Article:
But my mind inevitably focuses on the bad, and the last three days haven't been great. Tuesday afternoon started off with a migraine. I rushed through Alexander Pope and sent off my reading response at 11:00 that night (since Dr. L told me that he didn't get to it until Wednesday morning anyway). Wednesday morning, I had to go in (with the migraine still) and give my students the "Come to Jesus" talk about how they have to behave like adults and do their homework and take responsibility for their work--before I discovered that no one had read the homework, which threw out all of my plans for the week, which revolved around this one piece.

Then I needed to be working on my midterm and presentation--the materials for which I'd left at home, and once I got home, I had no energy. I sat and read all afternoon, thinking that I would get up and work here any second, once I was through with this chapter...until I realized I'd read for more than two hours and hadn't gotten anything done. I worked and worked and worked, then went to bed, then got up, still with a migraine, and worked and worked some more. Then went back to bed with the migraine until I absolutely had to get up and work some more. And the only reason I got up was because I *had* to work. Part of it was migraine. More of it was depression.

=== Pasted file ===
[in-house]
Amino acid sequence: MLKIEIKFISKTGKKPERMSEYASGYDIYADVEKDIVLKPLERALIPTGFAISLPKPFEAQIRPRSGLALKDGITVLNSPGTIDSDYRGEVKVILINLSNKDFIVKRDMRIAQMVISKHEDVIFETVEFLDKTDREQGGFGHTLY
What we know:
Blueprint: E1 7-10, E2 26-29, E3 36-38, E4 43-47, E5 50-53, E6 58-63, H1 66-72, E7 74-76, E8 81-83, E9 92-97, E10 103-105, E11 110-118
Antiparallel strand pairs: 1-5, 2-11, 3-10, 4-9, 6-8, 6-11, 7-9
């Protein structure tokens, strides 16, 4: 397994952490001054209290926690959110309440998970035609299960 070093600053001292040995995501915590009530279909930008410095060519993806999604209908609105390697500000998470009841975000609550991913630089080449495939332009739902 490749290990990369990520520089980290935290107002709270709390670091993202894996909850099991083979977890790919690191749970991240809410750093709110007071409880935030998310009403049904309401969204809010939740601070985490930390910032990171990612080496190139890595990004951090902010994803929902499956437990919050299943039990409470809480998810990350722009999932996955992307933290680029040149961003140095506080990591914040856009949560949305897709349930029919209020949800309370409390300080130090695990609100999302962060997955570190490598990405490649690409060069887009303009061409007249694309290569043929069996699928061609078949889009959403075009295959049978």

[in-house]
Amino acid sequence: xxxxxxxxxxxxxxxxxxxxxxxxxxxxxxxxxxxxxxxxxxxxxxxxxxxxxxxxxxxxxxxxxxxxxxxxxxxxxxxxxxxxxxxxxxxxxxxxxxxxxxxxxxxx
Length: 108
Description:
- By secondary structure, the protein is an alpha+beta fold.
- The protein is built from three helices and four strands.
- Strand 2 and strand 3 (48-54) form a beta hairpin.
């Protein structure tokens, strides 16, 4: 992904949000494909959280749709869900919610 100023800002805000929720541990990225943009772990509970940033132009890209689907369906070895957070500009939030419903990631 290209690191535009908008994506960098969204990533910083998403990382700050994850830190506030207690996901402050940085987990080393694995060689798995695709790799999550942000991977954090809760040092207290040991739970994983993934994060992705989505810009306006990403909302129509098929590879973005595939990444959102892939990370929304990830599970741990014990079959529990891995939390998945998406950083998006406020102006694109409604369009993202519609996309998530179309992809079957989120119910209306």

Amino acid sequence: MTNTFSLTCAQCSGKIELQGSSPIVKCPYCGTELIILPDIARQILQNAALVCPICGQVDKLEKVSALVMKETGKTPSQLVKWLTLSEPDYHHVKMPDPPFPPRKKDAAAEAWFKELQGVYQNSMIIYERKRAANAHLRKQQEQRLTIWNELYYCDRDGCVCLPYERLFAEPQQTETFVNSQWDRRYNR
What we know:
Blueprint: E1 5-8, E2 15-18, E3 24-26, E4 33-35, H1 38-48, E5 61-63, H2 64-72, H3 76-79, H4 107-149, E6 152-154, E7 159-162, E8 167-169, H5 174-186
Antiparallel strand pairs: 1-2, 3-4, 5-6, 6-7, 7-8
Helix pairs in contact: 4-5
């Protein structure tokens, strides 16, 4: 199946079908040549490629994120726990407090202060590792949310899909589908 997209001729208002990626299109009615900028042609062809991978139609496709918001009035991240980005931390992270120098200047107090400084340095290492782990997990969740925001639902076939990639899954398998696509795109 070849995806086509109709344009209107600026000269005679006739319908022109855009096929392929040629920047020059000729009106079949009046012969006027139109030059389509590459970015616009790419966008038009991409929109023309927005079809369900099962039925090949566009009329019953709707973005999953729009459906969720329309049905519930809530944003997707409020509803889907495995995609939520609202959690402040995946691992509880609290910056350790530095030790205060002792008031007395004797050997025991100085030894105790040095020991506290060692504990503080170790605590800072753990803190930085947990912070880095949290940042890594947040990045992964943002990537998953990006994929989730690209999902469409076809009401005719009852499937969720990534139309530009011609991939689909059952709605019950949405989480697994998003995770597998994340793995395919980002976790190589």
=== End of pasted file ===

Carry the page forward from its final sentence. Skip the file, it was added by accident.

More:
Then I went to the orchestra with Snarky Writer and her husband. That was great fun, and it lifted me out of the funk for a little while. My head still hurt, but I could laugh and clap and enjoy. And then I came home and went right back into the depressive funk that had been sneaking up on me with the migraine for the last several days. It's more than a wet blanket. It's a wet wool blanket, that's freezing cold and heavy and just itchy enough that I can't stand for anyone to touch me. Even my sweet cats, who were obviously concerned about their mama, were shouted at and shoved off the bed.